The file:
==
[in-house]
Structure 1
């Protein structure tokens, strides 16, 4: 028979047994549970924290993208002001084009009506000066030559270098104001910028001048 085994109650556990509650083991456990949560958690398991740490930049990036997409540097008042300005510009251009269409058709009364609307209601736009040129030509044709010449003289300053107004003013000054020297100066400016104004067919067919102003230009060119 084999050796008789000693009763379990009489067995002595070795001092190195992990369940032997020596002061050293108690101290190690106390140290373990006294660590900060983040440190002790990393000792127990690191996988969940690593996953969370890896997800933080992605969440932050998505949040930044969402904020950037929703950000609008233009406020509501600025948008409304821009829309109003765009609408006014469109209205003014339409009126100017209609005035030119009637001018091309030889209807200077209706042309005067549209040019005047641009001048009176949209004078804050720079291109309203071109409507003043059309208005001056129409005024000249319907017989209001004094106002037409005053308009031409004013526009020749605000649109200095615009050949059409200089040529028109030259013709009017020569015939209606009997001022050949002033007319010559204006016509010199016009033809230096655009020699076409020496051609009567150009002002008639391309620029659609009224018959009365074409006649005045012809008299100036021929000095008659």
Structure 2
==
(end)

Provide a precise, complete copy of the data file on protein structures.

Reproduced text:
[in-house]
Structure 1
């Protein structure tokens, strides 16, 4: 028979047994549970924290993208002001084009009506000066030559270098104001910028001048 085994109650556990509650083991456990949560958690398991740490930049990036997409540097008042300005510009251009269409058709009364609307209601736009040129030509044709010449003289300053107004003013000054020297100066400016104004067919067919102003230009060119 084999050796008789000693009763379990009489067995002595070795001092190195992990369940032997020596002061050293108690101290190690106390140290373990006294660590900060983040440190002790990393000792127990690191996988969940690593996953969370890896997800933080992605969440932050998505949040930044969402904020950037929703950000609008233009406020509501600025948008409304821009829309109003765009609408006014469109209205003014339409009126100017209609005035030119009637001018091309030889209807200077209706042309005067549209040019005047641009001048009176949209004078804050720079291109309203071109409507003043059309208005001056129409005024000249319907017989209001004094106002037409005053308009031409004013526009020749605000649109200095615009050949059409200089040529028109030259013709009017020569015939209606009997001022050949002033007319010559204006016509010199016009033809230096655009020699076409020496051609009567150009002002008639391309620029659609009224018959009365074409006649005045012809008299100036021929000095008659």
Structure 2